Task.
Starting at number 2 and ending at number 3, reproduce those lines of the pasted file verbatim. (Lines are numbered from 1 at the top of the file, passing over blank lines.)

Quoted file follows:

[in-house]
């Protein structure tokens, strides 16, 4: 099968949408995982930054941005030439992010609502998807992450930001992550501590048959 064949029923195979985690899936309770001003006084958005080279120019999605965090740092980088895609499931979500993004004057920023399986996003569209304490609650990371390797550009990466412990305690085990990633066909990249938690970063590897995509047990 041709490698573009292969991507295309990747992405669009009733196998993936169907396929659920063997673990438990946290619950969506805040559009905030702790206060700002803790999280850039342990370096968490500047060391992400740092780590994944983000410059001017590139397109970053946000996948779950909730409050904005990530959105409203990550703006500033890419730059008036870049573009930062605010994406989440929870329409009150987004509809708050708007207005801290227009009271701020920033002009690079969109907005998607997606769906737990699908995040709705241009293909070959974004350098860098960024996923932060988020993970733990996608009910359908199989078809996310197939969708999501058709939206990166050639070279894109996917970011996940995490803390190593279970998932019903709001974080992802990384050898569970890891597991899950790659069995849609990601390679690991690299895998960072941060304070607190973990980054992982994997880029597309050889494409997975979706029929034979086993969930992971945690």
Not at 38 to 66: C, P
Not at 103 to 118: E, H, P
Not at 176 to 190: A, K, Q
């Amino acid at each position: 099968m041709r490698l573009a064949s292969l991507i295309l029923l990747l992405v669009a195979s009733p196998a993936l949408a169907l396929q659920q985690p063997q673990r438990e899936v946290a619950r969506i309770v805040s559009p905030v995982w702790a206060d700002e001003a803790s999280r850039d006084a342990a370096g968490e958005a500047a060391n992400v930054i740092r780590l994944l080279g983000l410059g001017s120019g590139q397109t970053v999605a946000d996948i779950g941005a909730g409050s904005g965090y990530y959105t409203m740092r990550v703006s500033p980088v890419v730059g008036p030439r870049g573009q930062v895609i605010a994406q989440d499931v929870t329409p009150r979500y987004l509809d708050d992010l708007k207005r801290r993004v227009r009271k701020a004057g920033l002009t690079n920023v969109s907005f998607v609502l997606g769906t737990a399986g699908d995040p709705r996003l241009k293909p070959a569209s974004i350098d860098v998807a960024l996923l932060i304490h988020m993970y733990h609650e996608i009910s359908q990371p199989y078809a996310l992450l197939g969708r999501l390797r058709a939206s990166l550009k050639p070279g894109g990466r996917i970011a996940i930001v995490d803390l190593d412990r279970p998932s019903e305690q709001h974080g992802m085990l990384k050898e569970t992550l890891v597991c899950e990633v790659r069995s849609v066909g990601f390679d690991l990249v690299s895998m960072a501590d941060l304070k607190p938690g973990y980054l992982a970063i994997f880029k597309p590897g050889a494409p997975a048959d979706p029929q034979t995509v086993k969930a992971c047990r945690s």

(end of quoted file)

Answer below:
């Protein structure tokens, strides 16, 4: 099968949408995982930054941005030439992010609502998807992450930001992550501590048959 064949029923195979985690899936309770001003006084958005080279120019999605965090740092980088895609499931979500993004004057920023399986996003569209304490609650990371390797550009990466412990305690085990990633066909990249938690970063590897995509047990 041709490698573009292969991507295309990747992405669009009733196998993936169907396929659920063997673990438990946290619950969506805040559009905030702790206060700002803790999280850039342990370096968490500047060391992400740092780590994944983000410059001017590139397109970053946000996948779950909730409050904005990530959105409203990550703006500033890419730059008036870049573009930062605010994406989440929870329409009150987004509809708050708007207005801290227009009271701020920033002009690079969109907005998607997606769906737990699908995040709705241009293909070959974004350098860098960024996923932060988020993970733990996608009910359908199989078809996310197939969708999501058709939206990166050639070279894109996917970011996940995490803390190593279970998932019903709001974080992802990384050898569970890891597991899950790659069995849609990601390679690991690299895998960072941060304070607190973990980054992982994997880029597309050889494409997975979706029929034979086993969930992971945690």
Not at 38 to 66: C, P